The punch is definitely not the prettiest you will ever see, but it caught Broner precisely because it was weird and unexpected. The biggest drawback of this fight (aside from the satisfaction of witnessing the showboater Broner lose badly) is the chopping right (as mentioned above) that Maidana used all night long.

Canelo vs Plant

Against Caleb Plant, Canelo was coming up against a big super middleweight who likes to move counter punch while using the Philly shell/shoulder roll stance. Something he had an absolute nightmare against when facing Floyd Mayweather in his younger years.  

Just like in the Mayweather fight, Plant was countering Canelo with the right hand as he was coming into range. Alvarez adjusted to this very intelligently when after throwing his left hook or jab he would immediately use it to control the body or head of Plant. Which would stop Plant from being able to counterpunch himself.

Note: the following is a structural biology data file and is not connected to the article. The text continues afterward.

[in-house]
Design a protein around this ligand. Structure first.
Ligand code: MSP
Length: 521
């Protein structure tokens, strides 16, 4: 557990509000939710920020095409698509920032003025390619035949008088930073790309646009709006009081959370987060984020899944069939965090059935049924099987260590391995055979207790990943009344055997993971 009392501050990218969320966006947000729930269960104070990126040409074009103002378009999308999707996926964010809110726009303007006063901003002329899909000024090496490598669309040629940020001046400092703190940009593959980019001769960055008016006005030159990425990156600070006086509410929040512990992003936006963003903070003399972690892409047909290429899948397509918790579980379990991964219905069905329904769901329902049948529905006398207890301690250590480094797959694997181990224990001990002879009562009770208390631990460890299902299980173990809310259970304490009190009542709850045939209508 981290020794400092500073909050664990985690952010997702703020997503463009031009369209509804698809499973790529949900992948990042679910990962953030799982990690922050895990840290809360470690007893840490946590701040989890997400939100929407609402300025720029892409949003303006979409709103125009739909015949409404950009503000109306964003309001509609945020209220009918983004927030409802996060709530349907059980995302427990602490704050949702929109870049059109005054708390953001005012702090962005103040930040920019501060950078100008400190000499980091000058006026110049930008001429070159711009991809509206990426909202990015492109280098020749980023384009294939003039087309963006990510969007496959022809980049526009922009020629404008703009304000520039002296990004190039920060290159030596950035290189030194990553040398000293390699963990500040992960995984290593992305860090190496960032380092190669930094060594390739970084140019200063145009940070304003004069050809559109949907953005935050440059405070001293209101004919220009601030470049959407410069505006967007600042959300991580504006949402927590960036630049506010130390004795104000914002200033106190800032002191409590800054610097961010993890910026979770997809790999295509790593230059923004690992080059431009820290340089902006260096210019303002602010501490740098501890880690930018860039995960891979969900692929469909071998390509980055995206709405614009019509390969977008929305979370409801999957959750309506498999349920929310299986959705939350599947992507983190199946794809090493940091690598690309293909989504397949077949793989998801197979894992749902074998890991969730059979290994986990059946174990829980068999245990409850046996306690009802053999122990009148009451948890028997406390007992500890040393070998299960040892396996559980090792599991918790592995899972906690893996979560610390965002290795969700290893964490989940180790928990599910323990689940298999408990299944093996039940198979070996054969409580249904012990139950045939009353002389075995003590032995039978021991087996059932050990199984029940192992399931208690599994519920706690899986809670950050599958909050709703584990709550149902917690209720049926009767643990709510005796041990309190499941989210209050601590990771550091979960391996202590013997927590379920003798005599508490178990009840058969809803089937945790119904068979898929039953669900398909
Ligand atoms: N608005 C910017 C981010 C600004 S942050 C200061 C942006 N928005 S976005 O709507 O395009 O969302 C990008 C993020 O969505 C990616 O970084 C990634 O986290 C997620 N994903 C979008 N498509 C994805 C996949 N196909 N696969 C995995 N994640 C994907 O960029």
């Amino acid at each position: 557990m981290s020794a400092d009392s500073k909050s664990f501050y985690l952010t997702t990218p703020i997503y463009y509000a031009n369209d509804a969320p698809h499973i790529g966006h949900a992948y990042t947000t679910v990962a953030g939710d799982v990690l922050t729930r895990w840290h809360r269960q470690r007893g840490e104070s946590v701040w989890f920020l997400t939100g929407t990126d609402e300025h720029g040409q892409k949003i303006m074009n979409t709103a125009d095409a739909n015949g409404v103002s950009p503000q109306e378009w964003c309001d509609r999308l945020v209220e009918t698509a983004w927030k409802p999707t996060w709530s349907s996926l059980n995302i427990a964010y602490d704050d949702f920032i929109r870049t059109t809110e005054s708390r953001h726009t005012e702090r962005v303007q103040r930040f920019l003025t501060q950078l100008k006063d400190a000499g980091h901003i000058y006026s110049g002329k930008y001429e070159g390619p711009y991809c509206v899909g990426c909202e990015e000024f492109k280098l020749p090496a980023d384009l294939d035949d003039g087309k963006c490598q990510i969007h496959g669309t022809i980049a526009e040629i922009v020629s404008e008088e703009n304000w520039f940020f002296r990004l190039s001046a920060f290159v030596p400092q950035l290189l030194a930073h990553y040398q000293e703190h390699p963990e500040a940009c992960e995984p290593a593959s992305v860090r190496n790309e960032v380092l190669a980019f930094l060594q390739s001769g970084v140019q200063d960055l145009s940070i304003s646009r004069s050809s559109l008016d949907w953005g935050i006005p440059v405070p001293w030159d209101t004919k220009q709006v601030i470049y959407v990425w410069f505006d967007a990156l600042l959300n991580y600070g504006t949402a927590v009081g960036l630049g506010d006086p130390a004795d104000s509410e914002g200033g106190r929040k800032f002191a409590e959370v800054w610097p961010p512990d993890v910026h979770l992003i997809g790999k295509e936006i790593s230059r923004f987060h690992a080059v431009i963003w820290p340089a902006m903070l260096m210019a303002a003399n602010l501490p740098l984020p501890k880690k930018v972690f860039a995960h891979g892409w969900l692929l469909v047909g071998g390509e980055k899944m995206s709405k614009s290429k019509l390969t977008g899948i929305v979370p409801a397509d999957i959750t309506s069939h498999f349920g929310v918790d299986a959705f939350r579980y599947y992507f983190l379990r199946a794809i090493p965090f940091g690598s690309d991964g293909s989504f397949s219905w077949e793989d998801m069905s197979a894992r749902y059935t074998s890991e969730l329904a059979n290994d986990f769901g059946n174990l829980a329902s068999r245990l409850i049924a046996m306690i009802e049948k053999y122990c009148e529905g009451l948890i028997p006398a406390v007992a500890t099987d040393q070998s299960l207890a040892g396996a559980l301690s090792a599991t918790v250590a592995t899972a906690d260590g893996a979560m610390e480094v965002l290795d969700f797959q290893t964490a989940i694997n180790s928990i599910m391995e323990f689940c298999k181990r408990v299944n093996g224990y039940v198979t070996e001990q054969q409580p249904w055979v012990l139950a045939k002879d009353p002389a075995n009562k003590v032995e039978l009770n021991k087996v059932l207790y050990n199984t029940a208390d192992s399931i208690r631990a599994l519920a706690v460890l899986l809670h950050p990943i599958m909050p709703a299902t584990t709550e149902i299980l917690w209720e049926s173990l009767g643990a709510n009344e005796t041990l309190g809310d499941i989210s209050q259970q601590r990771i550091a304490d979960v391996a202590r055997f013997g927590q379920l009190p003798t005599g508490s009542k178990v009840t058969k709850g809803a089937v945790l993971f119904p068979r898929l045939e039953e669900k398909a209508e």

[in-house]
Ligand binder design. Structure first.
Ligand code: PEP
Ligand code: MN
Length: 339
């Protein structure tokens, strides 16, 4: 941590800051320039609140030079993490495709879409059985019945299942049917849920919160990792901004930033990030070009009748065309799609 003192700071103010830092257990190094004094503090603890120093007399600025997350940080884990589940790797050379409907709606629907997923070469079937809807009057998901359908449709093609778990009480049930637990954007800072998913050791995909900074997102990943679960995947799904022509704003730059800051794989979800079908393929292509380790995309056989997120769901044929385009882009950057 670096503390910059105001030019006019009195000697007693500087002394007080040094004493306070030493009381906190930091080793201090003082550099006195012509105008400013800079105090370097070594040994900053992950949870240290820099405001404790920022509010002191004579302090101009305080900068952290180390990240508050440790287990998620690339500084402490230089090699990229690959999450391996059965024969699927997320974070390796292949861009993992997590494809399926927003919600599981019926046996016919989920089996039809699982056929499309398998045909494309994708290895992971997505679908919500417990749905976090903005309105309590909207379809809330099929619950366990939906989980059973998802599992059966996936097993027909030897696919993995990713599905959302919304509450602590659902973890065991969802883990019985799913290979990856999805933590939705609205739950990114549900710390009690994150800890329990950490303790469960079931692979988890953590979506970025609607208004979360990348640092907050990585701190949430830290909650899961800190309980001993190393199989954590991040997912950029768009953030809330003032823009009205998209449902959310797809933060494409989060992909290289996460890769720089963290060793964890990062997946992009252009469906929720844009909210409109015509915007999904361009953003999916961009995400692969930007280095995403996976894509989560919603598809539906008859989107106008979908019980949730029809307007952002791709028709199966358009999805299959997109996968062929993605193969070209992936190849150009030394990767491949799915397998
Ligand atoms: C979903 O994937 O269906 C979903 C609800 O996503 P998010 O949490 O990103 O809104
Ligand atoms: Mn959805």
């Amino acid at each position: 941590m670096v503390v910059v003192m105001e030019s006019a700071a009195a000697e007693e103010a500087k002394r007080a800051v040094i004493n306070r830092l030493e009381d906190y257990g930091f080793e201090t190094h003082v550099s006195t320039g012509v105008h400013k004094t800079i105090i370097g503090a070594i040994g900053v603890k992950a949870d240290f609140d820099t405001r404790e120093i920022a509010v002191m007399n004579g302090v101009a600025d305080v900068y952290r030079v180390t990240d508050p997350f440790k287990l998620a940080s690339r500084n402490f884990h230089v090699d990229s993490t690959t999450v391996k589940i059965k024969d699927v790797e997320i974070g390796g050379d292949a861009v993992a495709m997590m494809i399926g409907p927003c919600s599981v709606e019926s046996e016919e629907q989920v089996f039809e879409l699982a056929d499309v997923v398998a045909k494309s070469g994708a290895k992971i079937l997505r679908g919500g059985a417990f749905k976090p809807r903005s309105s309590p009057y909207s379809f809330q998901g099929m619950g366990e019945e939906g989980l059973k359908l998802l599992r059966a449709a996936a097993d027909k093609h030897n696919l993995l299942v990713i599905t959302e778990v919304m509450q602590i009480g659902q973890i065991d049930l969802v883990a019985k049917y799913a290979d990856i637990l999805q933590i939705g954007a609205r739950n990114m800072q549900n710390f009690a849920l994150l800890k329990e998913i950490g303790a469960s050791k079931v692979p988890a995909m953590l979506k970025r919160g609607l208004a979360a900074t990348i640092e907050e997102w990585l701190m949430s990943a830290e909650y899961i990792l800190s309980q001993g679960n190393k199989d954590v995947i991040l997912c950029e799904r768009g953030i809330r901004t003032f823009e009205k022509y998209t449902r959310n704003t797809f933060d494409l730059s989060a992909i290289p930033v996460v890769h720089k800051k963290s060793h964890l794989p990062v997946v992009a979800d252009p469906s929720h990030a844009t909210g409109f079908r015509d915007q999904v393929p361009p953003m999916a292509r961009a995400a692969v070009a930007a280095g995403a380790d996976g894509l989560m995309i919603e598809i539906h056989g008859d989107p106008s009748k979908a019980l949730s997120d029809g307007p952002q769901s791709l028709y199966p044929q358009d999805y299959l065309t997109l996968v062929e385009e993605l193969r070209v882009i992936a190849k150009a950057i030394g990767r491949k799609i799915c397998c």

Therefore, Canelo was able to throw the right hand over the shoulder roll which Plant uses so well. Or also using it as an opportunity to throw the right hand to the body to wear down Plant. Which he used very well over the rounds and eventually led to knocking out his competitor.


If you enjoyed or found this blog useful, make sure to check out more boxing technique articles below:

Jamie - Boxing Life

I'm a boxing analyst, amateur boxer, and blogger looking to pass on my boxing experiences and passion to anyone looking to learn or find out more about the sport of boxing. Whether that be gear reviews, fighter analysis, news, training tips, or my own personal journey, I'll be covering it on 'Boxing Life'.

Leave a Reply

Your email address will not be published. Required fields are marked *

Recent Posts